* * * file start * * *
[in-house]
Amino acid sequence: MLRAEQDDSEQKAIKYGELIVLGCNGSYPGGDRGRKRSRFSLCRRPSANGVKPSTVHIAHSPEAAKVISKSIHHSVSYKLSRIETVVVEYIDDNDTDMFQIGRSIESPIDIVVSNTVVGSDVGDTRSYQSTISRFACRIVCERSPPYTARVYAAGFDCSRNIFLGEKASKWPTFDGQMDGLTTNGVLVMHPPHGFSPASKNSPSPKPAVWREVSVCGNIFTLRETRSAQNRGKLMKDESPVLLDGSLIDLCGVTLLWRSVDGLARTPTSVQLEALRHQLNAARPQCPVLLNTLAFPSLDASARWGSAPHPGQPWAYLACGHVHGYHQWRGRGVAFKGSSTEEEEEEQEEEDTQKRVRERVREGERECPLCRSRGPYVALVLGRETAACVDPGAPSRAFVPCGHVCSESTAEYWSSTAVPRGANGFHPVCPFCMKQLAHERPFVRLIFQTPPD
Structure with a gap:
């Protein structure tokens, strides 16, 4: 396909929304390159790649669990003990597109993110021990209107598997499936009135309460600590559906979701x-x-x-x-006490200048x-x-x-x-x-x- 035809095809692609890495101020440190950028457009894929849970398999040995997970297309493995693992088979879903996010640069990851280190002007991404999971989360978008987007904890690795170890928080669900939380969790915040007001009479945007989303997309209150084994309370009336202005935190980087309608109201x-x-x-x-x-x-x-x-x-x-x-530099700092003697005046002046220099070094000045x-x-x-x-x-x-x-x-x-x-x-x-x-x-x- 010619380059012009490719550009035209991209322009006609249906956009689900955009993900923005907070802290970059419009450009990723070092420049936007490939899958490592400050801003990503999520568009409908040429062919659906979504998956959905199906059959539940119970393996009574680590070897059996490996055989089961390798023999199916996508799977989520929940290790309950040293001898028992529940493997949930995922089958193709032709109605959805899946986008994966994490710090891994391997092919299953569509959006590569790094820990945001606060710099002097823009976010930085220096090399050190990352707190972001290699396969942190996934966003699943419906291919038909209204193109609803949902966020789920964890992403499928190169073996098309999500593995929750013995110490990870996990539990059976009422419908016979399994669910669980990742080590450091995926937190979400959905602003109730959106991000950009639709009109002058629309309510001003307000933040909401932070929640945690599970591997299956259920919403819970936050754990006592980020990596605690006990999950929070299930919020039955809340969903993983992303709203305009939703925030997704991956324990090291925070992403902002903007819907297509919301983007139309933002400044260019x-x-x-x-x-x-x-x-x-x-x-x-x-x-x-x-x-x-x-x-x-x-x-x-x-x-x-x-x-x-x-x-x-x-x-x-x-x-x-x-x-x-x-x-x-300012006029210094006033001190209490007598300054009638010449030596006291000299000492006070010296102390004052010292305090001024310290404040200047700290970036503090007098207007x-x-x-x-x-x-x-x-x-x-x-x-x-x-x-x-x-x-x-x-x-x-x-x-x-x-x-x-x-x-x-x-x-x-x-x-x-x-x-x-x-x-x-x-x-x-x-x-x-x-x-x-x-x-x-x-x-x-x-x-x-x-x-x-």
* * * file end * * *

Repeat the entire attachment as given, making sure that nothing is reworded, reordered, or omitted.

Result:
[in-house]
Amino acid sequence: MLRAEQDDSEQKAIKYGELIVLGCNGSYPGGDRGRKRSRFSLCRRPSANGVKPSTVHIAHSPEAAKVISKSIHHSVSYKLSRIETVVVEYIDDNDTDMFQIGRSIESPIDIVVSNTVVGSDVGDTRSYQSTISRFACRIVCERSPPYTARVYAAGFDCSRNIFLGEKASKWPTFDGQMDGLTTNGVLVMHPPHGFSPASKNSPSPKPAVWREVSVCGNIFTLRETRSAQNRGKLMKDESPVLLDGSLIDLCGVTLLWRSVDGLARTPTSVQLEALRHQLNAARPQCPVLLNTLAFPSLDASARWGSAPHPGQPWAYLACGHVHGYHQWRGRGVAFKGSSTEEEEEEQEEEDTQKRVRERVREGERECPLCRSRGPYVALVLGRETAACVDPGAPSRAFVPCGHVCSESTAEYWSSTAVPRGANGFHPVCPFCMKQLAHERPFVRLIFQTPPD
Structure with a gap:
């Protein structure tokens, strides 16, 4: 396909929304390159790649669990003990597109993110021990209107598997499936009135309460600590559906979701x-x-x-x-006490200048x-x-x-x-x-x- 035809095809692609890495101020440190950028457009894929849970398999040995997970297309493995693992088979879903996010640069990851280190002007991404999971989360978008987007904890690795170890928080669900939380969790915040007001009479945007989303997309209150084994309370009336202005935190980087309608109201x-x-x-x-x-x-x-x-x-x-x-530099700092003697005046002046220099070094000045x-x-x-x-x-x-x-x-x-x-x-x-x-x-x- 010619380059012009490719550009035209991209322009006609249906956009689900955009993900923005907070802290970059419009450009990723070092420049936007490939899958490592400050801003990503999520568009409908040429062919659906979504998956959905199906059959539940119970393996009574680590070897059996490996055989089961390798023999199916996508799977989520929940290790309950040293001898028992529940493997949930995922089958193709032709109605959805899946986008994966994490710090891994391997092919299953569509959006590569790094820990945001606060710099002097823009976010930085220096090399050190990352707190972001290699396969942190996934966003699943419906291919038909209204193109609803949902966020789920964890992403499928190169073996098309999500593995929750013995110490990870996990539990059976009422419908016979399994669910669980990742080590450091995926937190979400959905602003109730959106991000950009639709009109002058629309309510001003307000933040909401932070929640945690599970591997299956259920919403819970936050754990006592980020990596605690006990999950929070299930919020039955809340969903993983992303709203305009939703925030997704991956324990090291925070992403902002903007819907297509919301983007139309933002400044260019x-x-x-x-x-x-x-x-x-x-x-x-x-x-x-x-x-x-x-x-x-x-x-x-x-x-x-x-x-x-x-x-x-x-x-x-x-x-x-x-x-x-x-x-x-300012006029210094006033001190209490007598300054009638010449030596006291000299000492006070010296102390004052010292305090001024310290404040200047700290970036503090007098207007x-x-x-x-x-x-x-x-x-x-x-x-x-x-x-x-x-x-x-x-x-x-x-x-x-x-x-x-x-x-x-x-x-x-x-x-x-x-x-x-x-x-x-x-x-x-x-x-x-x-x-x-x-x-x-x-x-x-x-x-x-x-x-x-």